RACHEL: Oh ok – that's a much more complicated thing. I think it's a really great time to be doing anything right at the moment. People are pessimistic – get off my lawn, kind of, oh my heavens everybody on different kinds of devices that kind of stuff. There's a lot of very exciting things happening. The first thing is – there's a phrase 'the great acceleration' which Ray Kurzweil and people like that will talk about. Which is to do with the fact that we've now got... if you look at genomics for example. The human genome could not have been cracked without the increases in processing power that came from IT. So it's impossible to think of biotechnology without IT as a precursor, and that's still true – the amount of processing power you use in those things – in genome sequencing, but we're now at the point where you can get a home genome kit. If you look at people who are enthusiastic about this space they will predict that in ten years time you'll have a home genome sequencing kit in your [home]. Your fourteen year old will be able to own one. A little scary because your fourteen year old will be able to build a flesh-eating bacterium. (Laughter) Now you can't regulate against that so I look forward to this bold and invigorating future. Having said that I think that we have already seen this period of great acceleration. It's impossible to think of a world without an iPhone now, and yet iPhone's are, what, six years old? Facebook is seven or eight years old. YouTube is eight years old, right now.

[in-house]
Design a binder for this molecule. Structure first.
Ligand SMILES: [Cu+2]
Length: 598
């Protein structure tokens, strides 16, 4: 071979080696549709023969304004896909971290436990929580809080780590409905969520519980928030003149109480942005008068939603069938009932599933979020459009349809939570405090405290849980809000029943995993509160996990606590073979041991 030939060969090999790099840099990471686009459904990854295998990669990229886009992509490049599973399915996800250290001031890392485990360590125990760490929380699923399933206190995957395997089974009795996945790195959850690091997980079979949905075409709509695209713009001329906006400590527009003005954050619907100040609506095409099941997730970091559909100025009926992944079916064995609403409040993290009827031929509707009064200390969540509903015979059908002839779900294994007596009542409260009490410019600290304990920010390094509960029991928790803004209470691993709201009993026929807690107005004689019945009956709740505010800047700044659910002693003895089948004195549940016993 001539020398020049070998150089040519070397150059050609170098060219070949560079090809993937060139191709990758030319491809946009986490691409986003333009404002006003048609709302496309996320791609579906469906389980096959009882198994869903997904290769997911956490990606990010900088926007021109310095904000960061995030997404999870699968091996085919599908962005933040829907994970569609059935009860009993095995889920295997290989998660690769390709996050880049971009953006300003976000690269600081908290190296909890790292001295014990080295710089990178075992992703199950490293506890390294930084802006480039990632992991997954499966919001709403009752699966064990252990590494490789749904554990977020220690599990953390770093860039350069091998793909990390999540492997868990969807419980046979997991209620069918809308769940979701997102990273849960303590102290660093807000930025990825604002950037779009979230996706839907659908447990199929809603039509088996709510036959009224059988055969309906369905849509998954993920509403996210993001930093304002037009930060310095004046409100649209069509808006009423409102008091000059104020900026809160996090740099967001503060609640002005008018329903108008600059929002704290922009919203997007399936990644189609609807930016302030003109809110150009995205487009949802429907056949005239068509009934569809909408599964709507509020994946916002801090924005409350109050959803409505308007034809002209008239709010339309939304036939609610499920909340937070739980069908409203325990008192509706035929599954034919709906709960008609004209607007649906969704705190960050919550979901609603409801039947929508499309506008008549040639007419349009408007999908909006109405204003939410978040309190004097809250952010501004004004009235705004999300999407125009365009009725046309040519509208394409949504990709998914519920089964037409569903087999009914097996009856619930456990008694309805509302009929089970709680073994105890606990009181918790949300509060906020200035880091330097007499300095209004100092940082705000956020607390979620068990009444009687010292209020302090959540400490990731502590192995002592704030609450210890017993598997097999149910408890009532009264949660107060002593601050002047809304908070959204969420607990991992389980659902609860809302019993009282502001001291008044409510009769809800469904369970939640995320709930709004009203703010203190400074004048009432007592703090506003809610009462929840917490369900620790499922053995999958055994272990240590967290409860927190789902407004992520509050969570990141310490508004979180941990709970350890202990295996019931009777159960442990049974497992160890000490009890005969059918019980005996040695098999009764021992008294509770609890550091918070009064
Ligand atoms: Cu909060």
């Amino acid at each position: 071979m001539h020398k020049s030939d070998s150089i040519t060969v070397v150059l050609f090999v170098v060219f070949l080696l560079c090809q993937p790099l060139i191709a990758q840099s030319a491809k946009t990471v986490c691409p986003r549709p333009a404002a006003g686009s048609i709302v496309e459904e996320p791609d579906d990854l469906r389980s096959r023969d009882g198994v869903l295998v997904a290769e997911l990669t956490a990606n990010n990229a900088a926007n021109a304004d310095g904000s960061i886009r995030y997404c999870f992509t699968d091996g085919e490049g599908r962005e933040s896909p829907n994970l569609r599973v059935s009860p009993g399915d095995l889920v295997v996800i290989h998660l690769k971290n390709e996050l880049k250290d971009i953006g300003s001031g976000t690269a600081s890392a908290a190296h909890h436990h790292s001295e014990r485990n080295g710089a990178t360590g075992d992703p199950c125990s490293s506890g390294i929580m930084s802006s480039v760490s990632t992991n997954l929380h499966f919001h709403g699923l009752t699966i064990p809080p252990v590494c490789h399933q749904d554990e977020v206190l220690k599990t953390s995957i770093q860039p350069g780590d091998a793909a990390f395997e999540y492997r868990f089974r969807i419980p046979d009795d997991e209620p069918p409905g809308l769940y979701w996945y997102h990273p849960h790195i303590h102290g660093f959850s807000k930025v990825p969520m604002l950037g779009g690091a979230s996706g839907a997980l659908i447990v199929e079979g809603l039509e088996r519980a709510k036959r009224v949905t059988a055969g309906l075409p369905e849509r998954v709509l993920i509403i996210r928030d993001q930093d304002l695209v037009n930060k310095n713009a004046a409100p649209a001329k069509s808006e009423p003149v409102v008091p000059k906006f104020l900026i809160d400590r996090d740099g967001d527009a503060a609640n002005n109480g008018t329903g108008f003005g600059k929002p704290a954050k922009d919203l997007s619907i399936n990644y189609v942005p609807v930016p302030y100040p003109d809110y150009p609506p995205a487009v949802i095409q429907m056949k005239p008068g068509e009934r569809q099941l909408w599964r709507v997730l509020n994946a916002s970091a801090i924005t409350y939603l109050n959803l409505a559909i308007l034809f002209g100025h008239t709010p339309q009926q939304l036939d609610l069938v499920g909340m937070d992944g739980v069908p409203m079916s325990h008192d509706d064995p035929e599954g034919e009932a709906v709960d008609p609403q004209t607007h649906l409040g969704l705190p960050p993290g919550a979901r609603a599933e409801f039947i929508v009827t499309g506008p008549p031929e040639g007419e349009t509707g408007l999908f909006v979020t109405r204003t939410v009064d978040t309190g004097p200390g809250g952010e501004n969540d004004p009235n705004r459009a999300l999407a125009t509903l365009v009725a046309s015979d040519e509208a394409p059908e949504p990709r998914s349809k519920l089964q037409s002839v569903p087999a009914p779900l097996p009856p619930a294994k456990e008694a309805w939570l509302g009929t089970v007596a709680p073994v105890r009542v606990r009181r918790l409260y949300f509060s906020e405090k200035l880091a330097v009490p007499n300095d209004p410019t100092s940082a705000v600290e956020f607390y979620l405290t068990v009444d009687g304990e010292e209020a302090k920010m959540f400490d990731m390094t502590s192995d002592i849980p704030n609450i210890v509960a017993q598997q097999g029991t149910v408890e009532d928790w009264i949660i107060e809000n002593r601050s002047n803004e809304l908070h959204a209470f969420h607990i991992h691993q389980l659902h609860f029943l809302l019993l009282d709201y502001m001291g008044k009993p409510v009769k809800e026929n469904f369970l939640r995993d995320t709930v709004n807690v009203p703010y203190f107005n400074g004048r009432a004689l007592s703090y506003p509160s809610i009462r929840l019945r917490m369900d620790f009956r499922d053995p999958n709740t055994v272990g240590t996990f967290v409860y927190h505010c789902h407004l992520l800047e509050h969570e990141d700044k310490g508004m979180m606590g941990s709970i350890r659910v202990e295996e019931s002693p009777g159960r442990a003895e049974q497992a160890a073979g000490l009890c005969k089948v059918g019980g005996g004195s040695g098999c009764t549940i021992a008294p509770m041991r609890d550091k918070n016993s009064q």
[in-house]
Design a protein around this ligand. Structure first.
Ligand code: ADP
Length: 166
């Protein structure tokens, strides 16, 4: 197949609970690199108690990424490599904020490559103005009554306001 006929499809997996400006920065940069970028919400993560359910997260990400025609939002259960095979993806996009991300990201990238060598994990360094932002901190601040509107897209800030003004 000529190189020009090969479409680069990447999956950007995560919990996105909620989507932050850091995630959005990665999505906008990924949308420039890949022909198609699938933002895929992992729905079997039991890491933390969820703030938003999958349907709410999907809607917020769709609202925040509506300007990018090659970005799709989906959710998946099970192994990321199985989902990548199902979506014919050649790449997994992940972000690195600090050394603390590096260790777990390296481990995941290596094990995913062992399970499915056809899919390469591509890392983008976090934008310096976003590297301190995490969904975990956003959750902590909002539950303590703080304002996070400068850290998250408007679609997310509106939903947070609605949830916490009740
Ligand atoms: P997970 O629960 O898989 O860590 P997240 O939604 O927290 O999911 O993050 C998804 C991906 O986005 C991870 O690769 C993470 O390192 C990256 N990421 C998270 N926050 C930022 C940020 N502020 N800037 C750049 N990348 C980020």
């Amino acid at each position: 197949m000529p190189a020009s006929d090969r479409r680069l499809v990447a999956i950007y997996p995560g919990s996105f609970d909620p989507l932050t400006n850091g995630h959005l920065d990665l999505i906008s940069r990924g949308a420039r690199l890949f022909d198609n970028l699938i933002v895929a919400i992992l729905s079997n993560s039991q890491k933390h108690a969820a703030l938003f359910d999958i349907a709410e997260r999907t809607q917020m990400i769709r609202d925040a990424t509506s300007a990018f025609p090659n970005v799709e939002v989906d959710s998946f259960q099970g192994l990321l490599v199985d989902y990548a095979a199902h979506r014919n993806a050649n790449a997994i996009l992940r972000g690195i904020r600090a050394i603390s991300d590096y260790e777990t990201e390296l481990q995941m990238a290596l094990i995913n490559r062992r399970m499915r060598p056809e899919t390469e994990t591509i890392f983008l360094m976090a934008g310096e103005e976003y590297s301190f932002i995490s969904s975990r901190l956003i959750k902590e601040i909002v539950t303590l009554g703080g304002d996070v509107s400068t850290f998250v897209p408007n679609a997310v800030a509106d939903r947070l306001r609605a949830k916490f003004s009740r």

SIOBHAN: And yet they seem so much a part of our lives. They seem to have been there forever.